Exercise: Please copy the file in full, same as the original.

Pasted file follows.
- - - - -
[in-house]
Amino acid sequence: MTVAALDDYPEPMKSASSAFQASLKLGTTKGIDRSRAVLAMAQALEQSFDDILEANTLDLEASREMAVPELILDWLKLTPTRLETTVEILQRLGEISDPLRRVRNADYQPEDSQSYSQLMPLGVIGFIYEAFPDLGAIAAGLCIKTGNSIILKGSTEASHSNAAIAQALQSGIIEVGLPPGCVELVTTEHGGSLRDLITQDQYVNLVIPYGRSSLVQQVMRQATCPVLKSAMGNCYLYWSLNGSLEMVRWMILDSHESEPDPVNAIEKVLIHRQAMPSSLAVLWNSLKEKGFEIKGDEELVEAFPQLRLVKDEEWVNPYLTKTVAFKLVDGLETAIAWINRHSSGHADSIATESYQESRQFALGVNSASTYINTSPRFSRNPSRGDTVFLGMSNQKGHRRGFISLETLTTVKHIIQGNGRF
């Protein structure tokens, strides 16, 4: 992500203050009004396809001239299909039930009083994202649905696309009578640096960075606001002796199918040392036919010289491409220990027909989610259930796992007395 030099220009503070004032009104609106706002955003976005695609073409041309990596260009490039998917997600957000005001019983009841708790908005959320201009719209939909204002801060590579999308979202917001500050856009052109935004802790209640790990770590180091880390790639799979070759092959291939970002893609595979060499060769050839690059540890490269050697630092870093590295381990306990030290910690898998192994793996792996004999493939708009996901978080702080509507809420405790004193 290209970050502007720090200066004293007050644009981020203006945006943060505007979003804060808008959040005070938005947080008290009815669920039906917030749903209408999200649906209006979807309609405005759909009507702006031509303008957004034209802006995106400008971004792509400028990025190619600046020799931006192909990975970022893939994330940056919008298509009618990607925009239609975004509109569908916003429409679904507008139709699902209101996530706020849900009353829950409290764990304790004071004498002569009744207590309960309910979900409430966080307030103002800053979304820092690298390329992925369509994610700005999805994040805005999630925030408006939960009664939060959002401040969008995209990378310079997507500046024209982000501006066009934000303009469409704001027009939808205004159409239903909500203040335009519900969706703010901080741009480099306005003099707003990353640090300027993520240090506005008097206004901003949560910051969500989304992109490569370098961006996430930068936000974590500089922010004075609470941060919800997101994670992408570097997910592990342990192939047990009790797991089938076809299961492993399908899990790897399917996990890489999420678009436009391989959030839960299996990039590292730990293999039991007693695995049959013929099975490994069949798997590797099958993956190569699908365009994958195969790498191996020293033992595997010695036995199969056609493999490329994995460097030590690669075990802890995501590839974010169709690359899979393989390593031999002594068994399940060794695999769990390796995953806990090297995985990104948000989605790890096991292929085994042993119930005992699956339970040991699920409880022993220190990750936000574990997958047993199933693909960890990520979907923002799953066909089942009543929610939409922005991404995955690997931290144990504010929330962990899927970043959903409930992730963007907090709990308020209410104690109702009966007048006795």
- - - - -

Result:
[in-house]
Amino acid sequence: MTVAALDDYPEPMKSASSAFQASLKLGTTKGIDRSRAVLAMAQALEQSFDDILEANTLDLEASREMAVPELILDWLKLTPTRLETTVEILQRLGEISDPLRRVRNADYQPEDSQSYSQLMPLGVIGFIYEAFPDLGAIAAGLCIKTGNSIILKGSTEASHSNAAIAQALQSGIIEVGLPPGCVELVTTEHGGSLRDLITQDQYVNLVIPYGRSSLVQQVMRQATCPVLKSAMGNCYLYWSLNGSLEMVRWMILDSHESEPDPVNAIEKVLIHRQAMPSSLAVLWNSLKEKGFEIKGDEELVEAFPQLRLVKDEEWVNPYLTKTVAFKLVDGLETAIAWINRHSSGHADSIATESYQESRQFALGVNSASTYINTSPRFSRNPSRGDTVFLGMSNQKGHRRGFISLETLTTVKHIIQGNGRF
């Protein structure tokens, strides 16, 4: 992500203050009004396809001239299909039930009083994202649905696309009578640096960075606001002796199918040392036919010289491409220990027909989610259930796992007395 030099220009503070004032009104609106706002955003976005695609073409041309990596260009490039998917997600957000005001019983009841708790908005959320201009719209939909204002801060590579999308979202917001500050856009052109935004802790209640790990770590180091880390790639799979070759092959291939970002893609595979060499060769050839690059540890490269050697630092870093590295381990306990030290910690898998192994793996792996004999493939708009996901978080702080509507809420405790004193 290209970050502007720090200066004293007050644009981020203006945006943060505007979003804060808008959040005070938005947080008290009815669920039906917030749903209408999200649906209006979807309609405005759909009507702006031509303008957004034209802006995106400008971004792509400028990025190619600046020799931006192909990975970022893939994330940056919008298509009618990607925009239609975004509109569908916003429409679904507008139709699902209101996530706020849900009353829950409290764990304790004071004498002569009744207590309960309910979900409430966080307030103002800053979304820092690298390329992925369509994610700005999805994040805005999630925030408006939960009664939060959002401040969008995209990378310079997507500046024209982000501006066009934000303009469409704001027009939808205004159409239903909500203040335009519900969706703010901080741009480099306005003099707003990353640090300027993520240090506005008097206004901003949560910051969500989304992109490569370098961006996430930068936000974590500089922010004075609470941060919800997101994670992408570097997910592990342990192939047990009790797991089938076809299961492993399908899990790897399917996990890489999420678009436009391989959030839960299996990039590292730990293999039991007693695995049959013929099975490994069949798997590797099958993956190569699908365009994958195969790498191996020293033992595997010695036995199969056609493999490329994995460097030590690669075990802890995501590839974010169709690359899979393989390593031999002594068994399940060794695999769990390796995953806990090297995985990104948000989605790890096991292929085994042993119930005992699956339970040991699920409880022993220190990750936000574990997958047993199933693909960890990520979907923002799953066909089942009543929610939409922005991404995955690997931290144990504010929330962990899927970043959903409930992730963007907090709990308020209410104690109702009966007048006795």